There may not be a simple answer to the question, ÁWhy do Indians have long hair? Á But, as with any culture, there are specific traditions that carry a meaning that is deeply important to that particular culture. In addition, what defines hair as being ÁlongÁ Á I would argue that definition is established through personal and cultural understanding of the lives we live. So who is to say what is Álong,Á but perhaps that is getting away from the point. Similarly, to ask ÁWhy do Indians have long hair? Á ignores the diversity among Native Americans. The question assumes all Native people have traditionally worn their hair long. It seems that this question is less based in culture, tradition, and spirituality and instead originates from a perspective generated by portrayal of Indians in the popular culture. Finally, the real distinction as to why the question is asked, even though both Natives and non-Natives wear their hair long, is the history of the United States. Think about ÁKill the Indian, Save the man. Á How many countless Natives have had their culture away taken by the US governmentÁs boarding school system? Forced haircuts were a part of an intentional process of stripping away culture.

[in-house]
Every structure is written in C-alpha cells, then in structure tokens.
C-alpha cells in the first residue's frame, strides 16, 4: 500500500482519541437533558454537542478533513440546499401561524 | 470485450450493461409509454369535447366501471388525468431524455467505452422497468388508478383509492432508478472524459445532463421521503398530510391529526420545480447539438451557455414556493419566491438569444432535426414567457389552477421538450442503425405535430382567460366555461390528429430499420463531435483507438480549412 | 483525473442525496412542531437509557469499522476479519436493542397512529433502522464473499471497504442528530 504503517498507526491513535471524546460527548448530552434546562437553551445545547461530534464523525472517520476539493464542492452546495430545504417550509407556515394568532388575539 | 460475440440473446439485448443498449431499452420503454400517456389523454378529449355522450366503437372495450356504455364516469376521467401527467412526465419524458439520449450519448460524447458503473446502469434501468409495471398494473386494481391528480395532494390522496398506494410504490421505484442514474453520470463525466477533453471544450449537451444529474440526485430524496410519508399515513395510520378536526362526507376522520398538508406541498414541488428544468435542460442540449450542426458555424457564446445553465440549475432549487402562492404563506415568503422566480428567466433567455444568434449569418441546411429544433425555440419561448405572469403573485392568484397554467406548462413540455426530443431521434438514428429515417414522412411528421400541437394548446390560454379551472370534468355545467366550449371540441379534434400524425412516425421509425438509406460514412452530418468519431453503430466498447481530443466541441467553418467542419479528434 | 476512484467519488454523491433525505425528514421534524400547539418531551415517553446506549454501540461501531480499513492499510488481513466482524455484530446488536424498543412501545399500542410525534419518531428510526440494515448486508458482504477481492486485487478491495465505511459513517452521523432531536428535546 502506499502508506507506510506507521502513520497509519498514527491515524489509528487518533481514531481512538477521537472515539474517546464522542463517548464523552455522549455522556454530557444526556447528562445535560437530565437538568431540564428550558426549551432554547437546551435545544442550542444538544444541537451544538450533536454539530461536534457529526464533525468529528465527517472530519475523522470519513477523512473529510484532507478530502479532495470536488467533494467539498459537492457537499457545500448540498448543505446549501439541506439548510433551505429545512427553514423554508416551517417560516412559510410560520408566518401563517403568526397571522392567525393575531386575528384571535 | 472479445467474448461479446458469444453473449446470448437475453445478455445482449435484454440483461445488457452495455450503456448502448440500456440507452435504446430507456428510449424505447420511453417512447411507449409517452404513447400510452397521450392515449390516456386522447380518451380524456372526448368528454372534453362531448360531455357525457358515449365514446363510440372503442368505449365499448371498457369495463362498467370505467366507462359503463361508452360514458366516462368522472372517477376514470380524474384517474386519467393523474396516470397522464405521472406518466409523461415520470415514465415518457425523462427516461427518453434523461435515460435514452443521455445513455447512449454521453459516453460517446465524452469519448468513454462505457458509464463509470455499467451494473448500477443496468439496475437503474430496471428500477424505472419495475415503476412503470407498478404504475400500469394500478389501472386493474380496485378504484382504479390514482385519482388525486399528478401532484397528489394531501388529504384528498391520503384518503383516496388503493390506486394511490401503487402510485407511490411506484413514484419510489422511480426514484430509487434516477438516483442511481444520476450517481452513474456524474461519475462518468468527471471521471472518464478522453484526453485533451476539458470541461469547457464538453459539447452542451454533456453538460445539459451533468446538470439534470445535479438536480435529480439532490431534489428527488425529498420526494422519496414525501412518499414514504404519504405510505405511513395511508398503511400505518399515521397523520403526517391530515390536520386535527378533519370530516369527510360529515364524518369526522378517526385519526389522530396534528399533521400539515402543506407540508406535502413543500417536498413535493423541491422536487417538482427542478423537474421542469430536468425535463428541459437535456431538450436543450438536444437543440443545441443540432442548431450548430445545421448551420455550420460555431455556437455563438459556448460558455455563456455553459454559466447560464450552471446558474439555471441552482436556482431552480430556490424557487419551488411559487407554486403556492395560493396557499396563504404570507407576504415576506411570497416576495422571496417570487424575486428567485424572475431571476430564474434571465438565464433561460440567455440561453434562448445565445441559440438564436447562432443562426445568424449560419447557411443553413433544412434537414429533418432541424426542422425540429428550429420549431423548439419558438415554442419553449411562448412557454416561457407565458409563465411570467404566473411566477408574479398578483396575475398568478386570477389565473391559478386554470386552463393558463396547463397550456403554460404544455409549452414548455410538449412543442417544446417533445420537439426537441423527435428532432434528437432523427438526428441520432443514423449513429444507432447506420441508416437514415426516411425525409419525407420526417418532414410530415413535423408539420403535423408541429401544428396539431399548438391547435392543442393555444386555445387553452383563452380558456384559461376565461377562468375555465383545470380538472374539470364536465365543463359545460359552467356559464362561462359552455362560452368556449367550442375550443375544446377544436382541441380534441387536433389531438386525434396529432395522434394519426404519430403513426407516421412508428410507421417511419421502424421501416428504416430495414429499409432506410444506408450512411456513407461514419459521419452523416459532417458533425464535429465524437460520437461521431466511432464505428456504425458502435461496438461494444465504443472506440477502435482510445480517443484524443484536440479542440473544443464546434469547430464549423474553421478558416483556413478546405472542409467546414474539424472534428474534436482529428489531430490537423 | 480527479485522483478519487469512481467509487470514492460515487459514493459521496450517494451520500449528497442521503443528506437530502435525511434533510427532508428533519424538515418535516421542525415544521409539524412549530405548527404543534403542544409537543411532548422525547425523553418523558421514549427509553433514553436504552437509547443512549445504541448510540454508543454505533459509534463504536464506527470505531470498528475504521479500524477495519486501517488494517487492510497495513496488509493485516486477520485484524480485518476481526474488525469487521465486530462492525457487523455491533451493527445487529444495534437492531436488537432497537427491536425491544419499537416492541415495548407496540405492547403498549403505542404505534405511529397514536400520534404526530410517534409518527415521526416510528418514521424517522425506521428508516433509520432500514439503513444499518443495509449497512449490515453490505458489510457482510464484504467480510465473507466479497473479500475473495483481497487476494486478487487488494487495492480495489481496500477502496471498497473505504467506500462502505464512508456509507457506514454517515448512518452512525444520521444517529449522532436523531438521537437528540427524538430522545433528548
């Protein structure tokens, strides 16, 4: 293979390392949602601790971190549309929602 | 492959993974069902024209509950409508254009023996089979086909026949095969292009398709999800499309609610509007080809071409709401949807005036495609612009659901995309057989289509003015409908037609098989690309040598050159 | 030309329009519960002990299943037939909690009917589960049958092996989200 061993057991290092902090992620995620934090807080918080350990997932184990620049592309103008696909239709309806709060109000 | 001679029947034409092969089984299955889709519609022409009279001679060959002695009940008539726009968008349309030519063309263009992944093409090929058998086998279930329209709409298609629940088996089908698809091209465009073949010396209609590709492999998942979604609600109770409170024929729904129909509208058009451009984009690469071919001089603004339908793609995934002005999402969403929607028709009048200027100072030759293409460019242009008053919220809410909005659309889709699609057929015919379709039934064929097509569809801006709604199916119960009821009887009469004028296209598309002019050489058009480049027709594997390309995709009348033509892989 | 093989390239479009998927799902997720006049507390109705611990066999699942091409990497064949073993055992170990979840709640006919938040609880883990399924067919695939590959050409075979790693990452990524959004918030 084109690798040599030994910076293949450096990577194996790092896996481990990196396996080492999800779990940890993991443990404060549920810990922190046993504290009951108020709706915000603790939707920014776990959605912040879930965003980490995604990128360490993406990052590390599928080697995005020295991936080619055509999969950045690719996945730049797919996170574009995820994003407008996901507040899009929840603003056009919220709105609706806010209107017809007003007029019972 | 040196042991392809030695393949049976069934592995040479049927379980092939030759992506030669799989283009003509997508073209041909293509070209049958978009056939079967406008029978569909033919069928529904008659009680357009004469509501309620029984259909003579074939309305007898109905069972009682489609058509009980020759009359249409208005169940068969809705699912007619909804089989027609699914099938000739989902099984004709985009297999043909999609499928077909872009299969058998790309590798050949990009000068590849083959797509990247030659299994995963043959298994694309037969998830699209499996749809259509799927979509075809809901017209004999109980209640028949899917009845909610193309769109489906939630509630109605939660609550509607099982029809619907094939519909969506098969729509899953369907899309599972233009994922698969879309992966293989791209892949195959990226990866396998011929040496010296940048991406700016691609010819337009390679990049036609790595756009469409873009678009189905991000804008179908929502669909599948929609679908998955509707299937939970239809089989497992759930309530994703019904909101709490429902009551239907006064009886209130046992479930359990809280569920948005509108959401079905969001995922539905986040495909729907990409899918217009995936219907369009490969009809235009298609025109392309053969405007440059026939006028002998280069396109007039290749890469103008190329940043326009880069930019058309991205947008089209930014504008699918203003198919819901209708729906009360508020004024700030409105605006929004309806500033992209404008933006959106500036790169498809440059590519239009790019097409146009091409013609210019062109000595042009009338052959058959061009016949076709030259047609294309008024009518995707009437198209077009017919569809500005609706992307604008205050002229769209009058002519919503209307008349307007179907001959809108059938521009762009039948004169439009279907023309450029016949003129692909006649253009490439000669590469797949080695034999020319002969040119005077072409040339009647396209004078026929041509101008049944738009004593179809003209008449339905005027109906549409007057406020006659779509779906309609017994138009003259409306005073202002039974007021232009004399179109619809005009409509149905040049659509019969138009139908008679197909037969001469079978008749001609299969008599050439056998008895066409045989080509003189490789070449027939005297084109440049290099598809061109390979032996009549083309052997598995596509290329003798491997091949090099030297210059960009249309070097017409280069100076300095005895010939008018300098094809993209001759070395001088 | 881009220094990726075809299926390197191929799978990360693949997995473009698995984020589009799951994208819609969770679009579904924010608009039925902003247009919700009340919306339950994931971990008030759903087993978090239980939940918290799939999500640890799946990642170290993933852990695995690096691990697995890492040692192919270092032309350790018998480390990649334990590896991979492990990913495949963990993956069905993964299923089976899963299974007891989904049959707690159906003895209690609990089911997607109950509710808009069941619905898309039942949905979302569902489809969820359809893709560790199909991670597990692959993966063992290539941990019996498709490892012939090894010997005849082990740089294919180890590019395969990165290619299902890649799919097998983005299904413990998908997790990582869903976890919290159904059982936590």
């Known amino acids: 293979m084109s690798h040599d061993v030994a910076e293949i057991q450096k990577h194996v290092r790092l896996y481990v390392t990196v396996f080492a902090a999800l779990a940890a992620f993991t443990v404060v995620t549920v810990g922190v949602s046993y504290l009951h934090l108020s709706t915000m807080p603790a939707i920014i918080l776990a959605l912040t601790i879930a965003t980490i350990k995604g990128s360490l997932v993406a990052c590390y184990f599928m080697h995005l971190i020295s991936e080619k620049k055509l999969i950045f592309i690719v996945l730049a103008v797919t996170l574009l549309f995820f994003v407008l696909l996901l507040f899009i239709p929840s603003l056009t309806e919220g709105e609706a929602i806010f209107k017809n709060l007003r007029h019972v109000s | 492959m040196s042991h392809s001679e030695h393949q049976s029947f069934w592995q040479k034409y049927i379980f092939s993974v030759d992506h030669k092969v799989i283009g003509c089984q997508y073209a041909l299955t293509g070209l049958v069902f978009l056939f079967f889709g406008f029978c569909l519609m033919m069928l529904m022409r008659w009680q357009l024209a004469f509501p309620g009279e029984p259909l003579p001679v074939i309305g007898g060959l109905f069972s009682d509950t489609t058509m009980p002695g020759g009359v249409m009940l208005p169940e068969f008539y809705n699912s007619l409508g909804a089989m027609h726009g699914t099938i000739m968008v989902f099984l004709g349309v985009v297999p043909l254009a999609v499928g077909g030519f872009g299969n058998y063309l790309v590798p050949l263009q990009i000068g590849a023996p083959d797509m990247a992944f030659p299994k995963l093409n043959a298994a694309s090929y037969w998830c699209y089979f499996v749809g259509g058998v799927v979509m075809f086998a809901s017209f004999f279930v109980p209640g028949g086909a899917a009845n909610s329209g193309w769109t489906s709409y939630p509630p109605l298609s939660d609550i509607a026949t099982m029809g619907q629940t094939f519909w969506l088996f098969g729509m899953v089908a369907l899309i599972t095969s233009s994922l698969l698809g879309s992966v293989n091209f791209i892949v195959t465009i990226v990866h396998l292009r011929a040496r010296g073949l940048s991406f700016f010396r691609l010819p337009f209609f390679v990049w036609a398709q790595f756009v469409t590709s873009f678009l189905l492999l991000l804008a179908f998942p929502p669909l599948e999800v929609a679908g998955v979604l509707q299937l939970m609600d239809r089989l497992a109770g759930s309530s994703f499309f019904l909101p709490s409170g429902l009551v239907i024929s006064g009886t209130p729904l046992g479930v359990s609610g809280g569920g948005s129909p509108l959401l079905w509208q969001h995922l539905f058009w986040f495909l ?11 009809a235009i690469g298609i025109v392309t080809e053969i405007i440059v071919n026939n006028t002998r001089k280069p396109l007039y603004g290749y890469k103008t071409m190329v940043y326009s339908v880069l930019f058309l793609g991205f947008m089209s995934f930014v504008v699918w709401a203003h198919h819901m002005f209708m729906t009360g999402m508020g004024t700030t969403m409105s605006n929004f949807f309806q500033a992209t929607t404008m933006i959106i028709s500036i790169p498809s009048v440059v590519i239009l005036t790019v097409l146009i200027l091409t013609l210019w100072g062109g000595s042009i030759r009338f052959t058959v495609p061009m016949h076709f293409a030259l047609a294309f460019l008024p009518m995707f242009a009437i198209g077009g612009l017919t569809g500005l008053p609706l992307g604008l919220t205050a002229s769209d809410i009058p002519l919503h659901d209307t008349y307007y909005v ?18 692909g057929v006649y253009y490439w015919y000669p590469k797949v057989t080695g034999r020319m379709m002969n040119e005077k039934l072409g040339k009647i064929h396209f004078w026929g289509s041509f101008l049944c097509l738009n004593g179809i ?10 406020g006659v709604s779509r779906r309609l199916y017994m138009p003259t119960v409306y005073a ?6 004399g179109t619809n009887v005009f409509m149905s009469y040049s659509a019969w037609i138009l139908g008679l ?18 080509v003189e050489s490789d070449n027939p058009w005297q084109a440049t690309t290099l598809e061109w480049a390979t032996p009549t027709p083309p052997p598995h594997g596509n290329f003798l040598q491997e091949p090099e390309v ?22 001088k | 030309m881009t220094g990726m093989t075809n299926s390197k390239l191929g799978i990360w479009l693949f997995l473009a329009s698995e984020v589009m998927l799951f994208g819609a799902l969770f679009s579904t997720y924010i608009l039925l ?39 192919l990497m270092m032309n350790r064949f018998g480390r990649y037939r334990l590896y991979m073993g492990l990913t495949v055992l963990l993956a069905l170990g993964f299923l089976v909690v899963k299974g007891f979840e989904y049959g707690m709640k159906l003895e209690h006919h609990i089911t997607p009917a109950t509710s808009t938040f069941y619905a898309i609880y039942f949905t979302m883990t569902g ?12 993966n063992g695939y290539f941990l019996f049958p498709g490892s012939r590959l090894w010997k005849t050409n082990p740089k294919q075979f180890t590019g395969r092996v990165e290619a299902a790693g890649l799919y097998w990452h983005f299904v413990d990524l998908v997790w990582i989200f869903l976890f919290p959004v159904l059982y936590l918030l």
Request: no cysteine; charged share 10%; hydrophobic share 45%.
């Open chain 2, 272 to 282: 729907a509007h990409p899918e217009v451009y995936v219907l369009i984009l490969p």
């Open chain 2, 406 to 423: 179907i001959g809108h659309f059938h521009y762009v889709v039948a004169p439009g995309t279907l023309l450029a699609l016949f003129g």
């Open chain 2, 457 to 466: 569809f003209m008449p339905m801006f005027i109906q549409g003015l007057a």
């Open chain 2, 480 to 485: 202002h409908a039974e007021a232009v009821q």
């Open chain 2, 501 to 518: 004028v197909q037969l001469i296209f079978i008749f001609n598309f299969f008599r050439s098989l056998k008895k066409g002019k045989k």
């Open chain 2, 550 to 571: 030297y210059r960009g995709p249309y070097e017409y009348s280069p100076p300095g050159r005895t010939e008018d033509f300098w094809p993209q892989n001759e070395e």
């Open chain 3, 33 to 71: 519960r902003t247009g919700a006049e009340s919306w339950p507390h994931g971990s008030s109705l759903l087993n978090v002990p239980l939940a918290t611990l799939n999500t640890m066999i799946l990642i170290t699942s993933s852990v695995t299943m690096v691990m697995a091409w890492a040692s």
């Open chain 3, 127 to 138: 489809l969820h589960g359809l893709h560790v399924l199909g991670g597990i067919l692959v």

Freedom allowed non-Natives to wear their hair long, but took it away from the Native Americans. Today, Indians are free to wear their hair however they want, but how do the scars from the past prevent Indian people from wearing their hair long today? Credits: á Treuer, Anton (2012-05-01). , published by Borealis Books. Photo Credit :á Weâve all heard the story of Sampson and Delilah. In it, one of Godâs great servants, Sampson was a man possessed of superhuman strength. He was eventually betrayed by the love of his life, Delilah, who figured out that he could be defeated by cutting off all of his hair. In relation, the Native American tradition has long held that hair is an outward projection of the nervous system, acting much in the way of âhuman antennae. â Our hair is responsible for transmitting pertinent information to the rest of the nervous system. According to this line of thinking, our hair also transmits an energy from the brain to the our environment. has shown the difference in energy fields between those with long and short hair. There is actually a from the Vietnam War that related to this phenomenon regarding Native American code talkers. It would appear that during this conflict, special envoys of the war department were sent to Native American reservations in search of tough, young, talented scouts who were adept at moving through and sniffing out especially rough terrain.